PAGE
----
Musk, Branson, and The 2 Companies Leading The New Space Race
Updated: Oct 7, 2019
Elon Musk’s SpaceX could become one of the most valuable companies on the planet and it hasn’t even gotten off the ground yet.
Elon Musk, CEO of SpaceX, wants to make the colonization of Mars (yes, the planet) a reality, and he might just be able to do it.
Founded in 2002 as the Space Exploration Technologies Corp., SpaceX’s main goal is to create an affordable market for space transportation that will eventually allow the colonization of other planets through a series of space vehicles, including the Falcon launch vehicles and Dragon spacecraft family.
In 2017, Musk unveiled an updated configuration of the system, now named Starship and Super Heavy, which is planned to be fully reusable and will be the largest rocket ever on its debut, currently scheduled for the early 2020s.
In September 2019, through a series of tweets followed by an official announcement, Musk unveiled a new Mars rocket prototype, named ‘Starship’, which was expected to embark on Mars missions ‘within months’ under the codename ‘Starlink’.
So what does this mean for the company’s profits? A recent Morgan Stanley study showed that the privately-held company could reach a value of up to $120 billion, or triple the value of Musk’s flagship electric vehicle company, Tesla Inc (NASDAQ: TSLA), and larger than competing companies such as Northrop Grumman Corp. (NYSE: NOC) and Lockheed Martin Corp. (NYSE: LMT), whose current valuations stand at $64 billion and $112 billion respectively.
Morgan Stanley’s report outlined how the company will become this valuable, as it has the ability to disrupt the internet industry through SpaceX's planned constellation of nearly 12,000 satellites, called Starlink. The purpose of Starlink is to surround the Earth with high-speed, low-latency and affordable internet access through Musk’s own fleet of satellites, whose deployment would give SpaceX six times the number of all operational spacecraft in orbit. It is almost impossible to put a price-tag on the value of the internet industry, but some experts estimate that it could be worth up to $6.5 trillion by 2024. Even controlling a fraction of this market share would make SpaceX extremely profitable. Back in May, Musk was positive that Starlink could net $30 billion to $50 billion in annual revenue once it became fully operation, provided it could, in fact, capture a portion of the global telecommunications industry.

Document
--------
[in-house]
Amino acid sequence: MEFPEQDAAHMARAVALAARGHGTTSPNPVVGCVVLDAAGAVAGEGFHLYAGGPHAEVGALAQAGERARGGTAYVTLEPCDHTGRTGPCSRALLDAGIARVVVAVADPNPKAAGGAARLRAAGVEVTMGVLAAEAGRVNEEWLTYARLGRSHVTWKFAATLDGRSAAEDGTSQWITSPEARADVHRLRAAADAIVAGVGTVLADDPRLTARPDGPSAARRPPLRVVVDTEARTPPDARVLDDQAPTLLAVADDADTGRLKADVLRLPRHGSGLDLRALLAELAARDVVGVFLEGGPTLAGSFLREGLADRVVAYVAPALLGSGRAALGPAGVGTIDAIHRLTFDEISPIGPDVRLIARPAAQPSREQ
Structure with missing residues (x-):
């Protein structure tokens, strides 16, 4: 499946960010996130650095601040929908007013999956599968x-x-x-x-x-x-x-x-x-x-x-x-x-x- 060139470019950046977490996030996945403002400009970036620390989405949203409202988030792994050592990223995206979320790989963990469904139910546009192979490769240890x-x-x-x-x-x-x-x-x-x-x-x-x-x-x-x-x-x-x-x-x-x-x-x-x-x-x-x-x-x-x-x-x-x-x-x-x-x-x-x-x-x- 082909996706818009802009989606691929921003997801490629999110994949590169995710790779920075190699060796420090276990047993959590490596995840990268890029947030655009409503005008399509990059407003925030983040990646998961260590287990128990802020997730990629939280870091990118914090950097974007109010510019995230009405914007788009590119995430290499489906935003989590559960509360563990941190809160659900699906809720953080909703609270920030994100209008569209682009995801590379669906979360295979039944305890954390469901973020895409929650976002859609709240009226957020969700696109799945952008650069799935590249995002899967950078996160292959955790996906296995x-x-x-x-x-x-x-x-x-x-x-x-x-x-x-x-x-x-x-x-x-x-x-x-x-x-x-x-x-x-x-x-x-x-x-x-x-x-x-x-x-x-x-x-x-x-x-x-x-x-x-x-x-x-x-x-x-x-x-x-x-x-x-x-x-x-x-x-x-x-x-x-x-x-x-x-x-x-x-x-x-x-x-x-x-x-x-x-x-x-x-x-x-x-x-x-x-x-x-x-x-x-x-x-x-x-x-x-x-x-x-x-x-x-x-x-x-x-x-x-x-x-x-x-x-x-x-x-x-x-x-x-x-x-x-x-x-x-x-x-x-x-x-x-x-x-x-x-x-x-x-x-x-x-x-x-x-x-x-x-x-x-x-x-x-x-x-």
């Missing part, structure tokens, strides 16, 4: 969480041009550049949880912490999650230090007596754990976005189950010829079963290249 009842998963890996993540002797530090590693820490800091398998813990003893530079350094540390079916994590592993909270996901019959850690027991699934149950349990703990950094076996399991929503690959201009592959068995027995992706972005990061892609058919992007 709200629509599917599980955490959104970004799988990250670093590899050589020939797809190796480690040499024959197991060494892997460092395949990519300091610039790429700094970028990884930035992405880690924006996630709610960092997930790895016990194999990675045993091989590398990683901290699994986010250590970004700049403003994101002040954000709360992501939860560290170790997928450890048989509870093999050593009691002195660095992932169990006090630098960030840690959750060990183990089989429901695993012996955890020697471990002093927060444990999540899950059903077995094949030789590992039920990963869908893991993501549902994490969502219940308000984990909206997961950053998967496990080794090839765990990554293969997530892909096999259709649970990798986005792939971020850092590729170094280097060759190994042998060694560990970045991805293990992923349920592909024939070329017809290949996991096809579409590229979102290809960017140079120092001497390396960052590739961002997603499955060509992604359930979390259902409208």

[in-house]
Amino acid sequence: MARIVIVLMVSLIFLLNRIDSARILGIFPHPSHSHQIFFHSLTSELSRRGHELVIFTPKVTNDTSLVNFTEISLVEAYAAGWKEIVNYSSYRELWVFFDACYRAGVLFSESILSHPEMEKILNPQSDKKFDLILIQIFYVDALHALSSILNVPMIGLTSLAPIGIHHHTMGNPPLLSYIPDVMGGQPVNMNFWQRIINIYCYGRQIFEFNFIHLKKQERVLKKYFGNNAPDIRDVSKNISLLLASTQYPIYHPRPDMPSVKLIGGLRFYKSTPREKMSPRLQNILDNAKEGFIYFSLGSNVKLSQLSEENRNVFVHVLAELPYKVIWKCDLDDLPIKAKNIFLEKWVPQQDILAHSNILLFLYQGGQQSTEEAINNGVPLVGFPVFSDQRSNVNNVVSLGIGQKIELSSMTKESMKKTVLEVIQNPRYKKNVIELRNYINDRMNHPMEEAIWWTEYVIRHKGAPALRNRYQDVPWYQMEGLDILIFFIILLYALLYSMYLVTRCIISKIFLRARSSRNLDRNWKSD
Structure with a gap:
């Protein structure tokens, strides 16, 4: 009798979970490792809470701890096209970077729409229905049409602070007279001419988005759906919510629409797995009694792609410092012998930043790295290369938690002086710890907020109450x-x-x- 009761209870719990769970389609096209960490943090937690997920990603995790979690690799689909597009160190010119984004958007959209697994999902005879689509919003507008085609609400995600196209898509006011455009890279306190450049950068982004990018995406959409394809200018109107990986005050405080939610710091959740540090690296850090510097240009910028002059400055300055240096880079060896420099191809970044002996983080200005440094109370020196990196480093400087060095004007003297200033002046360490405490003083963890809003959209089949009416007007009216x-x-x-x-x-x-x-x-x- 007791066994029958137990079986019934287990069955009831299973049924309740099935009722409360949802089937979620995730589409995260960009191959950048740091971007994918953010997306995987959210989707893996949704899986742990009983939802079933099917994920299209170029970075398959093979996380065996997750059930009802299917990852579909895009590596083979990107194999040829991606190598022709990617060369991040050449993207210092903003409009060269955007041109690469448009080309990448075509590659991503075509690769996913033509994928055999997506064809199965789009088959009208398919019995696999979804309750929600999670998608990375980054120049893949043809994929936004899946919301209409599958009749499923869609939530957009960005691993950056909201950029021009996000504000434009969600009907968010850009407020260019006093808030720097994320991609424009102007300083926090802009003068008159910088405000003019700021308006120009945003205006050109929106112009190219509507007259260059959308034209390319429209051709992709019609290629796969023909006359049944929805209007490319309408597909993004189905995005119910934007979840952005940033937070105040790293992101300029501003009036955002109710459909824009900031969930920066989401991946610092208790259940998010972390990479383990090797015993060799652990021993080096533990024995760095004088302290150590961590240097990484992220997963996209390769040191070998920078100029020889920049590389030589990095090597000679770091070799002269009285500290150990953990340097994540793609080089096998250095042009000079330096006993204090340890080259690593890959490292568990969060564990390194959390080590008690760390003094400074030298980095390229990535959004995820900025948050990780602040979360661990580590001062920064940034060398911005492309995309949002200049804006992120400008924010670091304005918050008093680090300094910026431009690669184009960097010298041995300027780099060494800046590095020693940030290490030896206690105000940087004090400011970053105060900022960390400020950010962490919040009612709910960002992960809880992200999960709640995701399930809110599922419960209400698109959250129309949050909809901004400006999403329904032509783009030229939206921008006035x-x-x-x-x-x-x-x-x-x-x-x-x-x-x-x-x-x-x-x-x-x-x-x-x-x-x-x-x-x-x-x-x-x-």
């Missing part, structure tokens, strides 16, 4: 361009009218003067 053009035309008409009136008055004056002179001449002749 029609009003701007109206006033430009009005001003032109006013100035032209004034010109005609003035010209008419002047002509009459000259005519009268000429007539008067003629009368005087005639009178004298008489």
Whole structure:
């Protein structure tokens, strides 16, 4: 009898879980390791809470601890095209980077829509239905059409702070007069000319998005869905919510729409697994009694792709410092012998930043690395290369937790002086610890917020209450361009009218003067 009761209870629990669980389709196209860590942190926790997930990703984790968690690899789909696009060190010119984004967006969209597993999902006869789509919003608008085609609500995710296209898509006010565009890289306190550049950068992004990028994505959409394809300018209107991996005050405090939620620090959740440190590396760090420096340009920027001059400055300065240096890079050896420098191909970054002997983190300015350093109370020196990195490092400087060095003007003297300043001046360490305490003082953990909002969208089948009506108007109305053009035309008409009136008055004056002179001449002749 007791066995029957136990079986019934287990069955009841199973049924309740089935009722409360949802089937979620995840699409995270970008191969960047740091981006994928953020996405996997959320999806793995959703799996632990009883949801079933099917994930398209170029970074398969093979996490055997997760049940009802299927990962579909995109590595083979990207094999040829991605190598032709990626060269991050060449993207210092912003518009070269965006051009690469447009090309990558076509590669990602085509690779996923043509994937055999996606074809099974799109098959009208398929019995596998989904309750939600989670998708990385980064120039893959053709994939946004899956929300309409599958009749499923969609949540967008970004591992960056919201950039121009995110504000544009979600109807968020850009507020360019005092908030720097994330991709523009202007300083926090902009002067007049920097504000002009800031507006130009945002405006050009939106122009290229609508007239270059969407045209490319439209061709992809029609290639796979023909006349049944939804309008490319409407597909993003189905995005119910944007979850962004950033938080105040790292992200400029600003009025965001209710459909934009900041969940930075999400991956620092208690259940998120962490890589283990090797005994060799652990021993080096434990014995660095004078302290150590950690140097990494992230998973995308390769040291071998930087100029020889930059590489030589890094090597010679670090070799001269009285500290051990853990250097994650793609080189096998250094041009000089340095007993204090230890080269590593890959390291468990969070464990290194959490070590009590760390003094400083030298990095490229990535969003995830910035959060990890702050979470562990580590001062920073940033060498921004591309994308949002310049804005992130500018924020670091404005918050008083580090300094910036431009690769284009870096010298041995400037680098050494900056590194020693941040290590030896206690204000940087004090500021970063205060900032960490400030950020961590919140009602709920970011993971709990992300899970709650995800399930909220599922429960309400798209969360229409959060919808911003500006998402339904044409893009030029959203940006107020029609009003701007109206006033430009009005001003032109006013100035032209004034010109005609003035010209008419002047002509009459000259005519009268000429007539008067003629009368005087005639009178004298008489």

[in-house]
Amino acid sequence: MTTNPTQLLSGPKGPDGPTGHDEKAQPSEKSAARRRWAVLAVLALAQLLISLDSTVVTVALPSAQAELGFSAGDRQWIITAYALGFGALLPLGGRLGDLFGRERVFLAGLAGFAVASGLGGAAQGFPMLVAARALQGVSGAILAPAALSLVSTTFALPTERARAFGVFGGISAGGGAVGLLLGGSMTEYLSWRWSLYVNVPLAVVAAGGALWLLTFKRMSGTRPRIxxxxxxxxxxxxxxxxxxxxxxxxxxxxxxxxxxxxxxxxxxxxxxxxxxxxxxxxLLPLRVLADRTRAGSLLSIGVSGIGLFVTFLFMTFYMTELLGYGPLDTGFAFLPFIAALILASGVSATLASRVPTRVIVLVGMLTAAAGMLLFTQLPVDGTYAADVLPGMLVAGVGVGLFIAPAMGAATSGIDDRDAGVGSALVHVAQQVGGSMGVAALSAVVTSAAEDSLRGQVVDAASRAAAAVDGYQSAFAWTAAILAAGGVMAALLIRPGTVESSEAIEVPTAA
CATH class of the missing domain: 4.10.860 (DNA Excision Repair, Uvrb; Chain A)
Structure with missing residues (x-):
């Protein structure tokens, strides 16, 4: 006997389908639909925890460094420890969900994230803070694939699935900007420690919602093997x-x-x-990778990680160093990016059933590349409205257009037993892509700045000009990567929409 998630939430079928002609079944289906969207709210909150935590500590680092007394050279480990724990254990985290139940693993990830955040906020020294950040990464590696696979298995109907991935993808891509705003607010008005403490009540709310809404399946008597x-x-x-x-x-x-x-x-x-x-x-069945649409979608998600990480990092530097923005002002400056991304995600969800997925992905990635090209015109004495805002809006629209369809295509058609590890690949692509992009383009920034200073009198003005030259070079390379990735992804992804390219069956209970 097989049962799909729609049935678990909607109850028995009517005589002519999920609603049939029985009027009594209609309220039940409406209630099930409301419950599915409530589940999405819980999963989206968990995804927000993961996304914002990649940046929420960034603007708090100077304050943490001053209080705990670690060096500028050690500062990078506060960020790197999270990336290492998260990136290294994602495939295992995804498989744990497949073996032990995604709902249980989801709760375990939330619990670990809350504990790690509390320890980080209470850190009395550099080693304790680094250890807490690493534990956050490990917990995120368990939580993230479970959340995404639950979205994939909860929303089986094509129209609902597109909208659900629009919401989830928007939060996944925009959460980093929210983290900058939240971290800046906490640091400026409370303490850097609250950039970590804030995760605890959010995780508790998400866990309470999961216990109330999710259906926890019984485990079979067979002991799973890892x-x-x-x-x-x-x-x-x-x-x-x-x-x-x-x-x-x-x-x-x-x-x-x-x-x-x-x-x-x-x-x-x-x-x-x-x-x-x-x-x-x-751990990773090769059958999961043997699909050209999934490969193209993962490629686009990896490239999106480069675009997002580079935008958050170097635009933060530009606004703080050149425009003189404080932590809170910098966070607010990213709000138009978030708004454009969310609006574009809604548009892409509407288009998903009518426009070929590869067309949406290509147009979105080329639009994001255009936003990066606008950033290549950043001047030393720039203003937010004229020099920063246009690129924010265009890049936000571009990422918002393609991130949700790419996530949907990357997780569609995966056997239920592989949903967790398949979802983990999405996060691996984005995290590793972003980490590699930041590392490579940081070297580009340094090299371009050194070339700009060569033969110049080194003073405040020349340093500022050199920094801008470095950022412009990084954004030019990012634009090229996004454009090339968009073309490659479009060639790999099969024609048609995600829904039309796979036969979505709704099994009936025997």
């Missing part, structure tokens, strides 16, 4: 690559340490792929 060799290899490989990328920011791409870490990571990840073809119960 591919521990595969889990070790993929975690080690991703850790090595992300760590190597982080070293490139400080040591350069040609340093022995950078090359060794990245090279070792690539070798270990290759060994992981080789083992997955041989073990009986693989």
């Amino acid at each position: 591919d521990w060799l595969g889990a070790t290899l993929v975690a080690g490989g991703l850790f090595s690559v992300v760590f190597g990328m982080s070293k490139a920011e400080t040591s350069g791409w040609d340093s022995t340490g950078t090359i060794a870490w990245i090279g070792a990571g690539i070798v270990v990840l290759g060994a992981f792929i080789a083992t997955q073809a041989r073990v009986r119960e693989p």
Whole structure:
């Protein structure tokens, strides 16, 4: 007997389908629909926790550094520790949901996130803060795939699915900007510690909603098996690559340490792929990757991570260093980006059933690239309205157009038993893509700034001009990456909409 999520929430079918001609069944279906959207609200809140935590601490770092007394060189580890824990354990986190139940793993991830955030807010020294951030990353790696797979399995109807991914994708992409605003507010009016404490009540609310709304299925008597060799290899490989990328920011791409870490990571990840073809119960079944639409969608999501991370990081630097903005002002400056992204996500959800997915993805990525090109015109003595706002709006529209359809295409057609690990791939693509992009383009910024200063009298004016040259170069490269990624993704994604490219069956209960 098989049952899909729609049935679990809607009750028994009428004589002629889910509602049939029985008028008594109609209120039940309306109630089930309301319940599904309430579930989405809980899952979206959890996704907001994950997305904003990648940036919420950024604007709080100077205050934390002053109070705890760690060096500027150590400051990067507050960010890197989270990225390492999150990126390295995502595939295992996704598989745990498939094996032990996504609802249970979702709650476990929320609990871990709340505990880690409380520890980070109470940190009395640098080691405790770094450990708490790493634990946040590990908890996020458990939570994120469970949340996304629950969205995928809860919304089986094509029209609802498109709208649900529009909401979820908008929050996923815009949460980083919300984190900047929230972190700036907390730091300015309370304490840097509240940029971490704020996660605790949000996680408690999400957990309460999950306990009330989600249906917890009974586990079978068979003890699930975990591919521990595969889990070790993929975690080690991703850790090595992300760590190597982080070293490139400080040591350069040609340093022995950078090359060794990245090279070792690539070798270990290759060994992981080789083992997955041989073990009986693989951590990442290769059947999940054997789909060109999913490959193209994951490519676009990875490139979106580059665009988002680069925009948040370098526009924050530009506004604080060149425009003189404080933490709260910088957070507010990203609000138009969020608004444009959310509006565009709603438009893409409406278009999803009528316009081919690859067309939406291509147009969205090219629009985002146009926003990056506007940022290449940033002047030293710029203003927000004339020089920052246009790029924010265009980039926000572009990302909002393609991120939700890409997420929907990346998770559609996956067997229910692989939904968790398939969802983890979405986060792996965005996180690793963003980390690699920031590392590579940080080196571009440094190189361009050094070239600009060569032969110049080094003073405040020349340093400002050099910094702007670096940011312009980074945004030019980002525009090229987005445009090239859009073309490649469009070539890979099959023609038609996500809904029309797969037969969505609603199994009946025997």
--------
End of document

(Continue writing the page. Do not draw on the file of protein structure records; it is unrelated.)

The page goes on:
There is, of course, a wide margin of error if things go wrong for SpaceX. If the company completely fails in its Starlink initiative and remains exclusively a satellite launch business, it could be worth just $5 billion.
2. Virgin Galactic
Elon Musk has said that SpaceX, now held by a group of private investors, will ultimately go public, perhaps sooner than most investors think. Given its surging valuation, SpaceX could be the largest unicorn to ever hit the public market.
We have mentioned a number of competitors above, but another company that has spent the best part of 2 decades trying to make space travel a reality is Virgin Galactic. As part of the Virgin Group, the company is privately held but plans on becoming the first publicly traded space flight company through a merger with publicly held Social Capital Hedosophia (NYSE: IPOA).
If Richard Branson’s space tourism venture were to go public before SpaceX, it would not be a disaster for SpaceX as the two companies appear to have very different goals. While Musk intends SpaceX to become a means of connecting the planet, while colonizing others, Branson’s venture with Virgin Galactic is more focused on space tourism, manufacturing, and mining.
Additionally, Virgin Galactic has built a unique, pre-commercial service order book of around 600 space tourism customers from 60 countries backed by a total of approximately $80 million in deposits.
The Skies No Longer The Limit
It seems that the sky certainly is no longer the limit as we talk about companies competing with each other to be the first companies in space. Back in the 1950’s, nations competed with one another to win the epic Space Race, but now it seems that Space Race II will take place between corporations.
The real fun will be when the many different private space programs begin to go public. Space hotels, theme park rides and flying wealthy long-haul passengers into orbit are among the opportunities to tap once the space industry gets off the ground, which some estimates put at being worth a potential $805 billion once established. We may just be witnessing the rise of a new market that could dwarf the birth of the motor or aviation industries.
MyWallSt operates a full disclosure policy. MyWallSt staff currently hold long positions in Social Capital Hedosophia and Tesla. Read our full disclosure policy here.